Donīt be afraid to ask questions
Indicate that your wishes to be a partner in any treatment plans. When discussing options, always ask what else is open to you and choose the option you feel most comfortable with.
Gyn Surgery Questions
What is the reason for my surgery?
What exactly will be done during the surgery? For instance, if the surgery is a hysterectomy, will it be total or partial? Stress your wishes prior to surgery and put in writing what your understanding is...if you are going for a diagnostic laparoscopy and do not wish to wake up with a hysterectomy done without your permission, let them know that!
What pre-op procedures will be done? Do I need to store some of my blood? What type(s) of incision(s) will be made?
What type of anesthesia is being used?
Am I at high risk for any complications? If so, why, and what are they?
How do you expect to deal with any unforeseen complications, should they arise?
How much pain can I expect to be in post-operatively? How can I lessen the pain? What are my post-op restrictions?
Will I have bowel or bladder problems afterwards?
Who will be in the operating room to assist? What specific capabilities will they bring to the surgery?
When can I expect to return to work?
When can I expect to engage in intercourse?
When can I expect to return to my exercise regimen?
Are there post-op food or liquid restrictions?
Will you be provided with a prescription for painkillers prior to surgery, so you donīt have to fill it on your way home from the hospital?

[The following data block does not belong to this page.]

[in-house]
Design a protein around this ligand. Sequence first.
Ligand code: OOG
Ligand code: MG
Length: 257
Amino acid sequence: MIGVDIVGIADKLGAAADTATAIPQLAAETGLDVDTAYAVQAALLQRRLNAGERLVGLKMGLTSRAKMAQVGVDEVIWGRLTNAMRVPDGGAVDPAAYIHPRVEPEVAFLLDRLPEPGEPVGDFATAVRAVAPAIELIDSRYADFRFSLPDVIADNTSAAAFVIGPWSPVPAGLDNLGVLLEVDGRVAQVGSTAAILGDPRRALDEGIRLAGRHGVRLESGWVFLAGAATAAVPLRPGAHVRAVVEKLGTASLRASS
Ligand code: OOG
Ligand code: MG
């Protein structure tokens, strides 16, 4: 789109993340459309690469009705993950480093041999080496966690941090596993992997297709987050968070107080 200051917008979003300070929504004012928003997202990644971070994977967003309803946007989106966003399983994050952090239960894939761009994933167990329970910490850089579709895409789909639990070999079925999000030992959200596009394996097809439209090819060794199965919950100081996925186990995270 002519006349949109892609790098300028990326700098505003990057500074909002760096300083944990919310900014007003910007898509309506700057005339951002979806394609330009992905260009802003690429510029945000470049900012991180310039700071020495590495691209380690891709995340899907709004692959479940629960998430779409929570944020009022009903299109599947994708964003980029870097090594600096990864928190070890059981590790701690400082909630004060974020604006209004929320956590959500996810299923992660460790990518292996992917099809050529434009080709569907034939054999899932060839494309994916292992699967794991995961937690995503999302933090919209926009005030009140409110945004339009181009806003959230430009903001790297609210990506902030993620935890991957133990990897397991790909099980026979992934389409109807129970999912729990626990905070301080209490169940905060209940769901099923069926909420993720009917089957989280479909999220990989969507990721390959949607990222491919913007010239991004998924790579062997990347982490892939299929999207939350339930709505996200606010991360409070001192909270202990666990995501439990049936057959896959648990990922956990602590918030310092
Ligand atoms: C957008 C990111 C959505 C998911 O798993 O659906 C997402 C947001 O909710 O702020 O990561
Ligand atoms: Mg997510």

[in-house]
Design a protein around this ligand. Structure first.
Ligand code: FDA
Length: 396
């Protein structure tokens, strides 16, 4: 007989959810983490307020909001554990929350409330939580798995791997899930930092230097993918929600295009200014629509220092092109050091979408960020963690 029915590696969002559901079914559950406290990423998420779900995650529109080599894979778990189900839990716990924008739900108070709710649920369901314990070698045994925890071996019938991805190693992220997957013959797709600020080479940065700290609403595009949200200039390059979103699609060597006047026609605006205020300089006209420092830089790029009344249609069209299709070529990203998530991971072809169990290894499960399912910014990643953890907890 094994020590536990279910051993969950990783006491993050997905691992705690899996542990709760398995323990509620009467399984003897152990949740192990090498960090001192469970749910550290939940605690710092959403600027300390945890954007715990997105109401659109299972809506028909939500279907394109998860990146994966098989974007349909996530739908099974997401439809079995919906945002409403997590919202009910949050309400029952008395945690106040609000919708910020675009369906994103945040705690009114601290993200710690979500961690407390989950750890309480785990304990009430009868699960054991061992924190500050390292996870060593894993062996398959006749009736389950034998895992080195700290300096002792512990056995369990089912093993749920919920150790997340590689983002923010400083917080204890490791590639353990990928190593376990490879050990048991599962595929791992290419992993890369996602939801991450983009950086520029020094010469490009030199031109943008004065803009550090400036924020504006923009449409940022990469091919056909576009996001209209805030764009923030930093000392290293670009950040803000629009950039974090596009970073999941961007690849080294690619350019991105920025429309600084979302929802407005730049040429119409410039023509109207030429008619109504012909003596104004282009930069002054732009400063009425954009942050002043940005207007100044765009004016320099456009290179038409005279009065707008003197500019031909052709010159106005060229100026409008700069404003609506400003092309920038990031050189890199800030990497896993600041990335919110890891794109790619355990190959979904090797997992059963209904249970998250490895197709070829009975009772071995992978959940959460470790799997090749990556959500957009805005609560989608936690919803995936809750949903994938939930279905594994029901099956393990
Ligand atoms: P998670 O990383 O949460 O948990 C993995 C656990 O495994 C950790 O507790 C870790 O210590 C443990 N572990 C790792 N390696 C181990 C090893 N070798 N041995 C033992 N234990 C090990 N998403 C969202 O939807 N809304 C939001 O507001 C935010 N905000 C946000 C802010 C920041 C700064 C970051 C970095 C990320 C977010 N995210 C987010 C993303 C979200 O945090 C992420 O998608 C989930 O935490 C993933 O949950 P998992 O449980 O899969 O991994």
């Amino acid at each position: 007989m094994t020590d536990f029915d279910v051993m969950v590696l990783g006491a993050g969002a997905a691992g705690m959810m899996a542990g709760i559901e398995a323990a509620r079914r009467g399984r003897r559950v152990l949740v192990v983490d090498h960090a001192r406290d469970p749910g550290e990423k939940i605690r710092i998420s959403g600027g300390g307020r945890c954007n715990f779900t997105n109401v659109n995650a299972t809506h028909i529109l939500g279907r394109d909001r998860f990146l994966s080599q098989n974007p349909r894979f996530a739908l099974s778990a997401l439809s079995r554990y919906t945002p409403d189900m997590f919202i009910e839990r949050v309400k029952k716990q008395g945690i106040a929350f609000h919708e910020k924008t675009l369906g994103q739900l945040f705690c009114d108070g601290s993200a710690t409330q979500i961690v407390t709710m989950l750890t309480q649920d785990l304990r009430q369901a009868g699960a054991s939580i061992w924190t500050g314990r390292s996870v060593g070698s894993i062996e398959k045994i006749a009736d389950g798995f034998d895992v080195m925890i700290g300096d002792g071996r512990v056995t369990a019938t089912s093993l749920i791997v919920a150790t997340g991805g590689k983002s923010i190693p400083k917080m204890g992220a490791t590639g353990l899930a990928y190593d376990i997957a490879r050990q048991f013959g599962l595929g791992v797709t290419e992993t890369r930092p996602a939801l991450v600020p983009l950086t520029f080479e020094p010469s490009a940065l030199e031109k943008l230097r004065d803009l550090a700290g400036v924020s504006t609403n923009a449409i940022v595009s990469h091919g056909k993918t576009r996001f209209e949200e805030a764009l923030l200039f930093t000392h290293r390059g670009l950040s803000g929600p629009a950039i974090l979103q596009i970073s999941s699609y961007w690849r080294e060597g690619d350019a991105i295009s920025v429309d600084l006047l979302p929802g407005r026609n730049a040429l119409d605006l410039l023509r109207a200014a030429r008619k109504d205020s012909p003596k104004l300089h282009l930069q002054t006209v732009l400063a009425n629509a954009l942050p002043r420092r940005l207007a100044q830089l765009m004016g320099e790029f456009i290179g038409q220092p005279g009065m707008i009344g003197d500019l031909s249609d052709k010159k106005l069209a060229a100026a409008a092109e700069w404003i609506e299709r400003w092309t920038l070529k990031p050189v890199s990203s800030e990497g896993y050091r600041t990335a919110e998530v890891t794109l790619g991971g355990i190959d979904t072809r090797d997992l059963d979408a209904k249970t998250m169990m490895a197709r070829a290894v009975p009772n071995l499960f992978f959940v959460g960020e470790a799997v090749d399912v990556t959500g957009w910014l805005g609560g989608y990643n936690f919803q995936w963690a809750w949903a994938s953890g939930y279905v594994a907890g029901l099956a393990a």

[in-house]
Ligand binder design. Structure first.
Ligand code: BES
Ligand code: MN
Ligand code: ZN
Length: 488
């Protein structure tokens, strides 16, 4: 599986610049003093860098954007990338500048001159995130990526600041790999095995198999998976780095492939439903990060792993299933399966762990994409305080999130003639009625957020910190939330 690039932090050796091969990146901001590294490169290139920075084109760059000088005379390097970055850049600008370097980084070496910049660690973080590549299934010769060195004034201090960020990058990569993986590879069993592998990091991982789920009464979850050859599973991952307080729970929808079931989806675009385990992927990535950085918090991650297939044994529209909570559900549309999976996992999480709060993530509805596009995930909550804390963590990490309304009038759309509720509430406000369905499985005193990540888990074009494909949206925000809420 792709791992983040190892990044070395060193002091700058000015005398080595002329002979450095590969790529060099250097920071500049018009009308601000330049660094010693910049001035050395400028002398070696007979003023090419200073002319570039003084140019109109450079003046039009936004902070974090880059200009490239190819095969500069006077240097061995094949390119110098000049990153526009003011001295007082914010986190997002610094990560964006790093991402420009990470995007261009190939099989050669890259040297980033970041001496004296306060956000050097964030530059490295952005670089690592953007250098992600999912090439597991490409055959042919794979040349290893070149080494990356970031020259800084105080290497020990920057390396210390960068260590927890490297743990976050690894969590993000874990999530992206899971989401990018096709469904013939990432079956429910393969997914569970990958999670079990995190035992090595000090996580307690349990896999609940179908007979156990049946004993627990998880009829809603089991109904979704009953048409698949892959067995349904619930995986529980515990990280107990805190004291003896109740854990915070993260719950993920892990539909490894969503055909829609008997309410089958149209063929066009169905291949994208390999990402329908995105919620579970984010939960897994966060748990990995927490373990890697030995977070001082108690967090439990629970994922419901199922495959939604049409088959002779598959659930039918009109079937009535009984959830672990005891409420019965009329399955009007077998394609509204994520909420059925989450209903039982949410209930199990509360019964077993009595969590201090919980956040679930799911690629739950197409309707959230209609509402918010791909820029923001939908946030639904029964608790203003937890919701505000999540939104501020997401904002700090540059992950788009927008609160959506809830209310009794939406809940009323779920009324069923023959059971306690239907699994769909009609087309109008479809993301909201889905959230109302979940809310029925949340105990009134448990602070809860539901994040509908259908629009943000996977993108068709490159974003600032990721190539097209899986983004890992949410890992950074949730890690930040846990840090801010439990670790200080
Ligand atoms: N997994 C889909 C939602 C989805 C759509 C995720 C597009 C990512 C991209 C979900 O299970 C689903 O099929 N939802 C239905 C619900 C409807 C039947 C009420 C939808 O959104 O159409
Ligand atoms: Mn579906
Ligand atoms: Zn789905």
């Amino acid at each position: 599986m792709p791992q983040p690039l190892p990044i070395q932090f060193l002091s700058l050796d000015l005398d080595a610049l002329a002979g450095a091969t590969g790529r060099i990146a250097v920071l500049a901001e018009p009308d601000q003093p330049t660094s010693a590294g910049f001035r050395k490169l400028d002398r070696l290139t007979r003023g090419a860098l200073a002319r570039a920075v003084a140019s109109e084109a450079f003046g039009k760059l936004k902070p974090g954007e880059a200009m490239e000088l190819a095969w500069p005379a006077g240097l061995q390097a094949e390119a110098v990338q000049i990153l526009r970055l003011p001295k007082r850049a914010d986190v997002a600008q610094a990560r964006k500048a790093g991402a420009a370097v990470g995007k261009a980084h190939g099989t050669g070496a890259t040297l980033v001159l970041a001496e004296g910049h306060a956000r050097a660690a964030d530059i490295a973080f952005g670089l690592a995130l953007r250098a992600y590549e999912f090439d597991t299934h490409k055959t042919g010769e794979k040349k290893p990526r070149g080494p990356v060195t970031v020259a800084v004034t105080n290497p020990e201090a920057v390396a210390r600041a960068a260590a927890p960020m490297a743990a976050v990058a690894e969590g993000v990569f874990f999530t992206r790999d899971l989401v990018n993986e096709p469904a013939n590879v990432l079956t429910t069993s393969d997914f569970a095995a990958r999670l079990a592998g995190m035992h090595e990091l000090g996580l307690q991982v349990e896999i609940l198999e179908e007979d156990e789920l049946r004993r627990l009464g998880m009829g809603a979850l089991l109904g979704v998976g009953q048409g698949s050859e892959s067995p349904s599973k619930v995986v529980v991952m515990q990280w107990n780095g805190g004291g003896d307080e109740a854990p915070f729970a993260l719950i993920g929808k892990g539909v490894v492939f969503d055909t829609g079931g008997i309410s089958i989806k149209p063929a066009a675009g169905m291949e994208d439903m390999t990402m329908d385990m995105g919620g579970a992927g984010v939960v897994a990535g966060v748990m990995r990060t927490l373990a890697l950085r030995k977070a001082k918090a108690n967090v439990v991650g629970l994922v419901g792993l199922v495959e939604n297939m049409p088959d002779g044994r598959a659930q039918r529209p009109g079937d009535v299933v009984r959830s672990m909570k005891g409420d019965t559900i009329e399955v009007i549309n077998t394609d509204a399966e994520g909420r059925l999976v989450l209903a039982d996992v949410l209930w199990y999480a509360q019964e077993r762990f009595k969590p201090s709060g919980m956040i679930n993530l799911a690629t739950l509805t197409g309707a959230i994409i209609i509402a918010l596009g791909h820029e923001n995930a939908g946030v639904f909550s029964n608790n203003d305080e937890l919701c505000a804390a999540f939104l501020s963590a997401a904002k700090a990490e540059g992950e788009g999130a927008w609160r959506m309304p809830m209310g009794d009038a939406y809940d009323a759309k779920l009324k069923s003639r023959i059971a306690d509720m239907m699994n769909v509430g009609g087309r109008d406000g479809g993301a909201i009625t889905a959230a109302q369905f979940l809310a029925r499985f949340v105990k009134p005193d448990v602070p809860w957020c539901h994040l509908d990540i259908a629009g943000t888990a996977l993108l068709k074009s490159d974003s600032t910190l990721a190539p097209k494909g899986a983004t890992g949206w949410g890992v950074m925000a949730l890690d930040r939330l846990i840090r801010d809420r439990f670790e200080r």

How can I help to prepare my body and myself for the surgery?
Remember, you will get basic answers to all of these questions and the others you think of...no two patients are alike and so the answers cannot be assumed to be the standard for everyone.
Medical Therapy Questions
What is the reason for placing me on this drug?
What exactly will this drug therapy accomplish? For instance; is it for pain relief, or is it therapeutic?
What side affects am I at risk for? i.e. fatigue, weight gain/loss, loss of libido, mood swings, physical changes, etc.
Are there any food, liquid or other drug interactions? Any other contraindications?
How long is the course of therapy? Can I stop anytime?
Will this therapy be followed up by therapeutic surgery or other method of disease maintenance?
Again, you will get basic answers to all of these questions and the others you think of...no two patients are alike and so the answers cannot be assumed to be the standard for everyone.
Keeping a Pain Journal
This might be helpful in documenting your pain and being able to relay your situation to your doctor.
Some words to describe pain:
Think about how much pain affects your daily activities.
How much pain do you have on an average day?
How often do you have the pain?
Is there any time of day that the pain is worse?
Do any activities set your pain off?
Does the pain come and go?
What helps alleviate the pain?
How upsetting and disrupting is the pain to you?
Does pain interfere with your personal routine? i.e.. brushing your hair, eating, getting dressed
In your pain journal, try keeping track of when you experienced the pain and the level of pain experienced. For instance:
Use the following ratings to gauge your pain: 1-mild, 2-moderate, 3-distressing, 4-horrible, 5-unbearable EXAMPLE:
TIME OF DAY PAIN OCCURRED: 4 p.m.
PAIN RATING: 3
WHERE WAS THE PAIN: lower right quadrant
WHAT WERE YOU DOING? reaching for something
DID YOU TAKE PAIN MEDS? HOW MUCH: none
WHAT WAS THE PAIN RATING AN HOUR LATER? 2
Hopefully, some of the above guidelines and examples will assist you in finding a great Gynecologist, who will partner with you to successfully manage your reproductive health!
Note: Portions of the above "Pain Journal" are adapted from St. Vincentīs Medical Center Patient Guide. (c) copyright 1997 by St. Vincentīs Medical Center.
By Heather C. Guidone Đ All Rights Reserved.